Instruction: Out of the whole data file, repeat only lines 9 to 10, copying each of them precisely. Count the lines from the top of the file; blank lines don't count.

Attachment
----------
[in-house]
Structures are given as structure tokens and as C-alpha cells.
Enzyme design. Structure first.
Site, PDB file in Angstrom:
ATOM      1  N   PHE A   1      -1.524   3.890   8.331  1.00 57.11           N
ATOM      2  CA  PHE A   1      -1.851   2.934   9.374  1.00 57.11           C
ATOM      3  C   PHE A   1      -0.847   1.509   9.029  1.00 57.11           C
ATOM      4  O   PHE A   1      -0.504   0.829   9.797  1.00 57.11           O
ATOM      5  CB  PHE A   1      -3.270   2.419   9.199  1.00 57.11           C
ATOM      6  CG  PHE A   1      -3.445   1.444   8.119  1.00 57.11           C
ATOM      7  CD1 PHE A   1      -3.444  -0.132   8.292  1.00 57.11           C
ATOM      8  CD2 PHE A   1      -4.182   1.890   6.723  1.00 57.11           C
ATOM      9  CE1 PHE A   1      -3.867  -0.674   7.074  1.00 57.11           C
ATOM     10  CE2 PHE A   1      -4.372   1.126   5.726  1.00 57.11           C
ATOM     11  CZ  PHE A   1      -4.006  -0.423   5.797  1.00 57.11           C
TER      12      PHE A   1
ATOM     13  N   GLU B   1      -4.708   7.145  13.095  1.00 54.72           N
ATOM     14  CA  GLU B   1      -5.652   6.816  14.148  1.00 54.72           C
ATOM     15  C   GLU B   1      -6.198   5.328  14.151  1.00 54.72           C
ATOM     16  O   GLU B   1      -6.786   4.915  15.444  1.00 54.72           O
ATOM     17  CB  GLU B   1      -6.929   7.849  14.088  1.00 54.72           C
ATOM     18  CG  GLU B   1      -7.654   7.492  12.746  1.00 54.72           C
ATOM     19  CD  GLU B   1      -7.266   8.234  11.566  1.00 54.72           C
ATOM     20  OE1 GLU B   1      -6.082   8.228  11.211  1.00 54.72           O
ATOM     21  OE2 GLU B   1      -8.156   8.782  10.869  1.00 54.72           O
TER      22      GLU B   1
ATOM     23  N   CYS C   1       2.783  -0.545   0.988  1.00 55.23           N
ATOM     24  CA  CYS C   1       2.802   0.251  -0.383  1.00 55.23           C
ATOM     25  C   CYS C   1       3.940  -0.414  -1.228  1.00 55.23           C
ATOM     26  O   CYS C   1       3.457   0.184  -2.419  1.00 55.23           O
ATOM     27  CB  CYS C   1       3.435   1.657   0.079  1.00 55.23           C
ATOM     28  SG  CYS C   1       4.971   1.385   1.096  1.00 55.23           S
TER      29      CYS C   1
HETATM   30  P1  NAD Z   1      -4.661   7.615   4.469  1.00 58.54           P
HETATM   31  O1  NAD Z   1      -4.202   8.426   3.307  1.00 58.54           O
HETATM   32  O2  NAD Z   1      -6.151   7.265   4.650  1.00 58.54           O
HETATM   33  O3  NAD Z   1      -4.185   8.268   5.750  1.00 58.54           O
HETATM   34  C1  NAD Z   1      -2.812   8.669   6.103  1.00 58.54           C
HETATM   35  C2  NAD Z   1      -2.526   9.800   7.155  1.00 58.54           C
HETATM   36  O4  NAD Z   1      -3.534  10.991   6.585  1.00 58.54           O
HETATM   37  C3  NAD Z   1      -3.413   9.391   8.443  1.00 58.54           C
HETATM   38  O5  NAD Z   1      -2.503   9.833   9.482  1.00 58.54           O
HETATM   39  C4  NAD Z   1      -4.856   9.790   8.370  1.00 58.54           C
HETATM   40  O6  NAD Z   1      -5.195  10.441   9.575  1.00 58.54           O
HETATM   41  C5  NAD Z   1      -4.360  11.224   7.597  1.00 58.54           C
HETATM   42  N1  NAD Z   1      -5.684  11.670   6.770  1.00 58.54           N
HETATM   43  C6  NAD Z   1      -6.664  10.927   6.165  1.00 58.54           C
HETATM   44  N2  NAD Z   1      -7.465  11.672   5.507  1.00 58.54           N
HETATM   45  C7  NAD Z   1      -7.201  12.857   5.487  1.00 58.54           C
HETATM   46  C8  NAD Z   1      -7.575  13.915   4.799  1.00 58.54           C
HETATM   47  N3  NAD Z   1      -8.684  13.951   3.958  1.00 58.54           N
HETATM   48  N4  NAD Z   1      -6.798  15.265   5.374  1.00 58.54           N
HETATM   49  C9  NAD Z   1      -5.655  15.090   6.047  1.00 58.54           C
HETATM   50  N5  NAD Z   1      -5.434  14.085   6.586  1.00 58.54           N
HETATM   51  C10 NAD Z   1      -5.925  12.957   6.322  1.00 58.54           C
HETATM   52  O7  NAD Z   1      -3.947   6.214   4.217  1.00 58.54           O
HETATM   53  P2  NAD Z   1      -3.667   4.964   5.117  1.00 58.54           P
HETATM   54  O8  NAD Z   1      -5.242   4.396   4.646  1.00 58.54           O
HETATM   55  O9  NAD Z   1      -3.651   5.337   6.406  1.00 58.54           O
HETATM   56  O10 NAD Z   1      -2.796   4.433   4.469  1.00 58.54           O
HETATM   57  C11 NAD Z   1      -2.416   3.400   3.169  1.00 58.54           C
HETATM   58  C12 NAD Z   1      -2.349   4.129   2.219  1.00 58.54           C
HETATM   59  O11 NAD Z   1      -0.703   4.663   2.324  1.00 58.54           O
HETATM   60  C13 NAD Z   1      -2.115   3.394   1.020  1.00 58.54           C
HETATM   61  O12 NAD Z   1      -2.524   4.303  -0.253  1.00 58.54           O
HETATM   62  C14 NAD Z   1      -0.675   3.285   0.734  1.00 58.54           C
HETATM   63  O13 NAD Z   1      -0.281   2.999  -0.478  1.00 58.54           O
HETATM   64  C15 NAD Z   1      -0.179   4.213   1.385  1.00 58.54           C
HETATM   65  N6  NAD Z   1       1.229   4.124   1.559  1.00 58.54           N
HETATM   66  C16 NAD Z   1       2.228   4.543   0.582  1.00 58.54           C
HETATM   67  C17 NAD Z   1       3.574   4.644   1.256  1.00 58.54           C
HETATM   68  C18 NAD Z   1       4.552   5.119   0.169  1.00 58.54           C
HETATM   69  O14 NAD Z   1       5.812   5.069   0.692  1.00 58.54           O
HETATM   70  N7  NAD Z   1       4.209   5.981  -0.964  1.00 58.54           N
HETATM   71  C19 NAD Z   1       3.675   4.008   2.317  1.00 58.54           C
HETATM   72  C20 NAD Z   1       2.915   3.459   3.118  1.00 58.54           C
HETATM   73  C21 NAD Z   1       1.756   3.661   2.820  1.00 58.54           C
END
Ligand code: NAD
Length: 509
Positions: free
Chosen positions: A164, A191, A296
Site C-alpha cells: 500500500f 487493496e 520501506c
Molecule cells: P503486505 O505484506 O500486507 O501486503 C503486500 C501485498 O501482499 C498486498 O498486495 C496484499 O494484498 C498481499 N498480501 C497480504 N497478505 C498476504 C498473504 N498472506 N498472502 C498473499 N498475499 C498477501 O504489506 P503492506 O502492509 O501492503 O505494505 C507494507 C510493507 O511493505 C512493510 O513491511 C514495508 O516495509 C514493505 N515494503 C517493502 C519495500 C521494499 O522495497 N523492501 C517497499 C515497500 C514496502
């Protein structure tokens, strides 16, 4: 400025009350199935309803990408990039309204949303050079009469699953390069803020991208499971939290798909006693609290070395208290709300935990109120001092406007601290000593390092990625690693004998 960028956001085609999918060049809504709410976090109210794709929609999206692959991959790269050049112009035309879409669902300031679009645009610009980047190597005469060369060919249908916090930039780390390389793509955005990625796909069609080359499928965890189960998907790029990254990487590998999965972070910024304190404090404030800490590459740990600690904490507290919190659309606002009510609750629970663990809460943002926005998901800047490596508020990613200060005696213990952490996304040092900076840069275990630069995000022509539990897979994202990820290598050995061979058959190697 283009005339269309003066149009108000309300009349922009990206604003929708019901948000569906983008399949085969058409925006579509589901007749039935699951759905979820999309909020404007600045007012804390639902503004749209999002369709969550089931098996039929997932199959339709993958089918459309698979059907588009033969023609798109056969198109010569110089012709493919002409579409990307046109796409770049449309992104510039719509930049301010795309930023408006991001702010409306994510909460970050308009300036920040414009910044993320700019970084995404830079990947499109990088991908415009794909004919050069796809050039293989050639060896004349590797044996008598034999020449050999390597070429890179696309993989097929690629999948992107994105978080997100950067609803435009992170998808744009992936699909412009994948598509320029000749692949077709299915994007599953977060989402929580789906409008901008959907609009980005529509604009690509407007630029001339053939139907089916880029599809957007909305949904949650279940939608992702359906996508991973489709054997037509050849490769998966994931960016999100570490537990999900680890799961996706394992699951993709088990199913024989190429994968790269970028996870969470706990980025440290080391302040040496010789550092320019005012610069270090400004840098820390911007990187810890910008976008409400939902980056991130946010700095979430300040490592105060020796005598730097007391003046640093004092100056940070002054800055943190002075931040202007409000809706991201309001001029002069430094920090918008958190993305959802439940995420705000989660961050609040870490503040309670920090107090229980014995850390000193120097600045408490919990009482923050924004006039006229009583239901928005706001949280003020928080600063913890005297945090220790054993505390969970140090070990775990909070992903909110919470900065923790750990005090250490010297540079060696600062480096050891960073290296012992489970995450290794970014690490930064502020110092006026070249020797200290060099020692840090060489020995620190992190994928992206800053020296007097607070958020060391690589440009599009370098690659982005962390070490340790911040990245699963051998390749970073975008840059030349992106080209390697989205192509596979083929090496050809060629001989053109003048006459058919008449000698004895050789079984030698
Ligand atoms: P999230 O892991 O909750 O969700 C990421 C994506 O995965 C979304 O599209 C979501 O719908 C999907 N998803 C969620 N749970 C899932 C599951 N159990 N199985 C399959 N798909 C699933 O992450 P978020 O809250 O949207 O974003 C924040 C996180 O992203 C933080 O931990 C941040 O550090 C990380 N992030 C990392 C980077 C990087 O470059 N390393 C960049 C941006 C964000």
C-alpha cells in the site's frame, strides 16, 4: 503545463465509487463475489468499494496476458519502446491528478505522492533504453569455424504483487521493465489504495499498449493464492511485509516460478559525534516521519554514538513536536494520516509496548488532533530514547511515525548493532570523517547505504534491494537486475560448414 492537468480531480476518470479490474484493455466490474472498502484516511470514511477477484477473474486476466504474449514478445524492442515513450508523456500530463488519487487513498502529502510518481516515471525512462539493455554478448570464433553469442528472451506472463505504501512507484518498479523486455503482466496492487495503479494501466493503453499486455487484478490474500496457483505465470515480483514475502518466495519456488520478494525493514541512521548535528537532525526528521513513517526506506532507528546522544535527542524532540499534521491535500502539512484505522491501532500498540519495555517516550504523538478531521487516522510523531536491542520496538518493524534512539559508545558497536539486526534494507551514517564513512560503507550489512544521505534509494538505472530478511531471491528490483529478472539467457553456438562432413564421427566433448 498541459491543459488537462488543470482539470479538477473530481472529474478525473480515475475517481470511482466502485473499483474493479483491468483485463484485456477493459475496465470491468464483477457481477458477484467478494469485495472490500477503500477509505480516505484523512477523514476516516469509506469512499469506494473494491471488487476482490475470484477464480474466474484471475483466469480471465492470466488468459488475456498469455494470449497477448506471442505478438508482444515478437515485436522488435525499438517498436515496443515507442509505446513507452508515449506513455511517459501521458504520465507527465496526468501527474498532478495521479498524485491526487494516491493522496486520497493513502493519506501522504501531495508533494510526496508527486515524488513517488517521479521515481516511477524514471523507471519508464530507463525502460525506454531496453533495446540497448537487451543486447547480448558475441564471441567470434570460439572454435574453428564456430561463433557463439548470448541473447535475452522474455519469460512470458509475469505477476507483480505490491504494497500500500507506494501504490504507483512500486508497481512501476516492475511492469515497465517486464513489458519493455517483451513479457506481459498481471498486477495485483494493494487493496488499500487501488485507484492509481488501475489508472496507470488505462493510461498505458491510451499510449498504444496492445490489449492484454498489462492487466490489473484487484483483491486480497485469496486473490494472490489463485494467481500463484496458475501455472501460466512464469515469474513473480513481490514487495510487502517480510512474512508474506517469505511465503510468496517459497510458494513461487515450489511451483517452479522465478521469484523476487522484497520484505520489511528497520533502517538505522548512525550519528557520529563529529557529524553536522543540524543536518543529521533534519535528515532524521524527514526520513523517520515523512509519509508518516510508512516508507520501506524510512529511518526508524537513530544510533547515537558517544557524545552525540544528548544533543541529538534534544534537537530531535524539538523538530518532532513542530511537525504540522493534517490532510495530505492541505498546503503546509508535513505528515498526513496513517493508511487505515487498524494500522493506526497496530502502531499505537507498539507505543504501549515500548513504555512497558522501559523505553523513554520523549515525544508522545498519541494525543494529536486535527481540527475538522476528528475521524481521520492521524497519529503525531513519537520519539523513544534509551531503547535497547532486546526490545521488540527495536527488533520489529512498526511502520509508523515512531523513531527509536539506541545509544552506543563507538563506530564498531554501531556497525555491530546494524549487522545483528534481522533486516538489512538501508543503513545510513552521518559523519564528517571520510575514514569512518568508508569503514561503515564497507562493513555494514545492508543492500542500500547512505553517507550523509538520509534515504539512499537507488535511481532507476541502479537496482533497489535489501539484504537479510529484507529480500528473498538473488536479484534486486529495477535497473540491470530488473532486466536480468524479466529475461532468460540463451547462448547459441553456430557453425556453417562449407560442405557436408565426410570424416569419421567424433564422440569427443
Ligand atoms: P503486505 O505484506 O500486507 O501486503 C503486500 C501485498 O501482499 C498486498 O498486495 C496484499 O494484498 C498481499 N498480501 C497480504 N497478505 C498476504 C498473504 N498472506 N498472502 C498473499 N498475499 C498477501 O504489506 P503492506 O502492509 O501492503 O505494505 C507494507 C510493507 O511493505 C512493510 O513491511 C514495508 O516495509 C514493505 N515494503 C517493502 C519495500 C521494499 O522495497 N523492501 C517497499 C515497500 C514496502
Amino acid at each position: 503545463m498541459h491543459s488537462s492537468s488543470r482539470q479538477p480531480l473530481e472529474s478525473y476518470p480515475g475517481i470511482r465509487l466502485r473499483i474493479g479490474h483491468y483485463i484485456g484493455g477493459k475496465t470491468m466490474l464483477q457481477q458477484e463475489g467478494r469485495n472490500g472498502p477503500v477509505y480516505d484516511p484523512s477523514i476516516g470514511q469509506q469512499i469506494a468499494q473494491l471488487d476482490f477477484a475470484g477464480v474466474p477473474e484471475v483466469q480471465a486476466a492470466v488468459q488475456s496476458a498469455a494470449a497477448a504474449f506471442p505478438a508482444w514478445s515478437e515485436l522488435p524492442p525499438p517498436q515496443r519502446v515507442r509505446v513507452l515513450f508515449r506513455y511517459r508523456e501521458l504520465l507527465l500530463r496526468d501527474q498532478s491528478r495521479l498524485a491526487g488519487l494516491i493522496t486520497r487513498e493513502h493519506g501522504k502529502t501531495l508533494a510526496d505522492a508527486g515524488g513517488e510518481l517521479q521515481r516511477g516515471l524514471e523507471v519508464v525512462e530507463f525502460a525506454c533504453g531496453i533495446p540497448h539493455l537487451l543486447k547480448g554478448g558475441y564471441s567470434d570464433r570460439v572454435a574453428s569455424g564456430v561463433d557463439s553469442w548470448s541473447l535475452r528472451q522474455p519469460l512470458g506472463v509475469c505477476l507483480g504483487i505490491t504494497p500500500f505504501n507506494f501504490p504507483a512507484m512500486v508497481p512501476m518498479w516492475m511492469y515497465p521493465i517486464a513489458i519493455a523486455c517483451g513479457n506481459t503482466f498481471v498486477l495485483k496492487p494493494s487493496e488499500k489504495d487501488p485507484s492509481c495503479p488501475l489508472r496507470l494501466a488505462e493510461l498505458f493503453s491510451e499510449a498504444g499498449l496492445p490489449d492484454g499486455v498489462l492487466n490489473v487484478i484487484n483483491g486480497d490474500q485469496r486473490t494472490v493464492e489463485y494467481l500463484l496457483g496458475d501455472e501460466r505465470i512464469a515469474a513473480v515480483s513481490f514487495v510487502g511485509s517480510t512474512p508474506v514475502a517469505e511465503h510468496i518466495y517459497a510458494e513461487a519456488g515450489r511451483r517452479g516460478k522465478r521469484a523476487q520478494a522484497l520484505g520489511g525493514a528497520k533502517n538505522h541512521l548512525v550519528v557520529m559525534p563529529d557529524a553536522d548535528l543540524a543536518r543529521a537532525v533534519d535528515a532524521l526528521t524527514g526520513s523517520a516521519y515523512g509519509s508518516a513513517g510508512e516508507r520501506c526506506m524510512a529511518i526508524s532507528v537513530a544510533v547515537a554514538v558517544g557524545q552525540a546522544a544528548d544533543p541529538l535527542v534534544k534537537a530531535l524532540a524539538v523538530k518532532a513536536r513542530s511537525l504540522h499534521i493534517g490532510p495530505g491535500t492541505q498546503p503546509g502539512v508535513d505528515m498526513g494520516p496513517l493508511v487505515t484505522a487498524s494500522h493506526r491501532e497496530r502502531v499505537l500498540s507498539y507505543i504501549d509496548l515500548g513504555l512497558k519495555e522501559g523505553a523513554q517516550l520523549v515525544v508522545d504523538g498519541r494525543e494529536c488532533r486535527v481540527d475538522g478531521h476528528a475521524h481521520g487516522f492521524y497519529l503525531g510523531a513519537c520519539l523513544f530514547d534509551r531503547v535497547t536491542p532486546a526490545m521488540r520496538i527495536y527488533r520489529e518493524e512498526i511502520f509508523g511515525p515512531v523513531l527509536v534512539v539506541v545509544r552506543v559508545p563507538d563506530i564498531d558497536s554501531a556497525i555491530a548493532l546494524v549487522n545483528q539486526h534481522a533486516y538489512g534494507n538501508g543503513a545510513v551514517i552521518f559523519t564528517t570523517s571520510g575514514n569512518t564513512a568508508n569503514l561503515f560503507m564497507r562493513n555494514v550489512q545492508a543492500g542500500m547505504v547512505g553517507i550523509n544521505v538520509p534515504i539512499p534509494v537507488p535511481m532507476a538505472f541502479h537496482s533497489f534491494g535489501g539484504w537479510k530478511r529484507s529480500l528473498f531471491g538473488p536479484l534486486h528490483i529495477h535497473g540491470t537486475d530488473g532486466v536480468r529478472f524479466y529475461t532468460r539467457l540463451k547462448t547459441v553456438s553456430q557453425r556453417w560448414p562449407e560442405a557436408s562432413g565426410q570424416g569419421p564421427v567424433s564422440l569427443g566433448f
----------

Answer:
ATOM      5  CB  PHE A   1      -3.270   2.419   9.199  1.00 57.11           C
ATOM      6  CG  PHE A   1      -3.445   1.444   8.119  1.00 57.11           C